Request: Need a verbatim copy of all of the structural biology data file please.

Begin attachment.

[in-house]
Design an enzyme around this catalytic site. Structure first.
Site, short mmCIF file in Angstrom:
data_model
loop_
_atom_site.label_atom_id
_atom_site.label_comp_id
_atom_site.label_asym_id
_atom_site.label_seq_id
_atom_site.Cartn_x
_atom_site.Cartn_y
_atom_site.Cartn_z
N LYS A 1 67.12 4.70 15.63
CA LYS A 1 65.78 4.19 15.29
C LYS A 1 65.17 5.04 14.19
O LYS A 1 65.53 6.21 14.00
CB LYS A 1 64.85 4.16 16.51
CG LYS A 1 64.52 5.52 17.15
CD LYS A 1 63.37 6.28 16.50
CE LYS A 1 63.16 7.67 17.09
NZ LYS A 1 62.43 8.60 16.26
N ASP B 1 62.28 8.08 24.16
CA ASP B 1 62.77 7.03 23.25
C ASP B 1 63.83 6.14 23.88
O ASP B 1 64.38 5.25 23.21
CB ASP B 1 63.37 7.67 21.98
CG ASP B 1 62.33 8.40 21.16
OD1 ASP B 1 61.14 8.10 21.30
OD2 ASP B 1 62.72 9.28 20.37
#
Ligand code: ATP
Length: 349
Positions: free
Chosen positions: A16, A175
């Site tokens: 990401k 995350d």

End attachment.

[in-house]
Design an enzyme around this catalytic site. Structure first.
Site, short mmCIF file in Angstrom:
data_model
loop_
_atom_site.label_atom_id
_atom_site.label_comp_id
_atom_site.label_asym_id
_atom_site.label_seq_id
_atom_site.Cartn_x
_atom_site.Cartn_y
_atom_site.Cartn_z
N LYS A 1 67.12 4.70 15.63
CA LYS A 1 65.78 4.19 15.29
C LYS A 1 65.17 5.04 14.19
O LYS A 1 65.53 6.21 14.00
CB LYS A 1 64.85 4.16 16.51
CG LYS A 1 64.52 5.52 17.15
CD LYS A 1 63.37 6.28 16.50
CE LYS A 1 63.16 7.67 17.09
NZ LYS A 1 62.43 8.60 16.26
N ASP B 1 62.28 8.08 24.16
CA ASP B 1 62.77 7.03 23.25
C ASP B 1 63.83 6.14 23.88
O ASP B 1 64.38 5.25 23.21
CB ASP B 1 63.37 7.67 21.98
CG ASP B 1 62.33 8.40 21.16
OD1 ASP B 1 61.14 8.10 21.30
OD2 ASP B 1 62.72 9.28 20.37
#
Ligand code: ATP
Length: 349
Positions: free
Chosen positions: A16, A175
């Site tokens: 990401k 995350d």